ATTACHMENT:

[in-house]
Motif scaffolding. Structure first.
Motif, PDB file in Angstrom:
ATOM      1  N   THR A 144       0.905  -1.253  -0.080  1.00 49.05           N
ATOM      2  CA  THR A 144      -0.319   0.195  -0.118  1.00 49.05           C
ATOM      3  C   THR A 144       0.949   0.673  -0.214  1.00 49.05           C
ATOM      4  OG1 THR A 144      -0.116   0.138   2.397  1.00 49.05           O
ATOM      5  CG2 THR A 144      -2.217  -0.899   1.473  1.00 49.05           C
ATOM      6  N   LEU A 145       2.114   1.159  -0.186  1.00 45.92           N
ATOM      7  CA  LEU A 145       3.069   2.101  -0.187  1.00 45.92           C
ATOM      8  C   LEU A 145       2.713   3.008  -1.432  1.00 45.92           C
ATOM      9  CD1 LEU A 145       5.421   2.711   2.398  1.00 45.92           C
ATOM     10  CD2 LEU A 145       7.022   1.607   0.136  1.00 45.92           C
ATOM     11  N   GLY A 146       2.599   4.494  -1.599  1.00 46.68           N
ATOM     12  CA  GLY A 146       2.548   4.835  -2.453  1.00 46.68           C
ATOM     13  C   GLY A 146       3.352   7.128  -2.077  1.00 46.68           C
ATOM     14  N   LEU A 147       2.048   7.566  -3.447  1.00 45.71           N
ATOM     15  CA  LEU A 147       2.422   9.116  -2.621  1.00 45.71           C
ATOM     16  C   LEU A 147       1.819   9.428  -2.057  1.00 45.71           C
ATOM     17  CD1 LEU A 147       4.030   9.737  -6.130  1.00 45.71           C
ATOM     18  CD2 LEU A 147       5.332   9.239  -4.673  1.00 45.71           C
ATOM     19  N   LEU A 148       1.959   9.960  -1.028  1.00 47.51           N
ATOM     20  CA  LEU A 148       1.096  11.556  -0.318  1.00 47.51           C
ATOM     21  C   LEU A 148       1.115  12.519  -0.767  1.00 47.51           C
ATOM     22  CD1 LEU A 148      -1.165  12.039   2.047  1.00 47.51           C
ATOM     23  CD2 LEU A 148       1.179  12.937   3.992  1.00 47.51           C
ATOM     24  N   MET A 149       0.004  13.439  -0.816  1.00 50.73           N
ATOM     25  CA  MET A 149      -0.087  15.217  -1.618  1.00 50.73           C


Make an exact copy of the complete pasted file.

[in-house]
Motif scaffolding. Structure first.
Motif, PDB file in Angstrom:
ATOM      1  N   THR A 144       0.905  -1.253  -0.080  1.00 49.05           N
ATOM      2  CA  THR A 144      -0.319   0.195  -0.118  1.00 49.05           C
ATOM      3  C   THR A 144       0.949   0.673  -0.214  1.00 49.05           C
ATOM      4  OG1 THR A 144      -0.116   0.138   2.397  1.00 49.05           O
ATOM      5  CG2 THR A 144      -2.217  -0.899   1.473  1.00 49.05           C
ATOM      6  N   LEU A 145       2.114   1.159  -0.186  1.00 45.92           N
ATOM      7  CA  LEU A 145       3.069   2.101  -0.187  1.00 45.92           C
ATOM      8  C   LEU A 145       2.713   3.008  -1.432  1.00 45.92           C
ATOM      9  CD1 LEU A 145       5.421   2.711   2.398  1.00 45.92           C
ATOM     10  CD2 LEU A 145       7.022   1.607   0.136  1.00 45.92           C
ATOM     11  N   GLY A 146       2.599   4.494  -1.599  1.00 46.68           N
ATOM     12  CA  GLY A 146       2.548   4.835  -2.453  1.00 46.68           C
ATOM     13  C   GLY A 146       3.352   7.128  -2.077  1.00 46.68           C
ATOM     14  N   LEU A 147       2.048   7.566  -3.447  1.00 45.71           N
ATOM     15  CA  LEU A 147       2.422   9.116  -2.621  1.00 45.71           C
ATOM     16  C   LEU A 147       1.819   9.428  -2.057  1.00 45.71           C
ATOM     17  CD1 LEU A 147       4.030   9.737  -6.130  1.00 45.71           C
ATOM     18  CD2 LEU A 147       5.332   9.239  -4.673  1.00 45.71           C
ATOM     19  N   LEU A 148       1.959   9.960  -1.028  1.00 47.51           N
ATOM     20  CA  LEU A 148       1.096  11.556  -0.318  1.00 47.51           C
ATOM     21  C   LEU A 148       1.115  12.519  -0.767  1.00 47.51           C
ATOM     22  CD1 LEU A 148      -1.165  12.039   2.047  1.00 47.51           C
ATOM     23  CD2 LEU A 148       1.179  12.937   3.992  1.00 47.51           C
ATOM     24  N   MET A 149       0.004  13.439  -0.816  1.00 50.73           N
ATOM     25  CA  MET A 149      -0.087  15.217  -1.618  1.00 50.73           C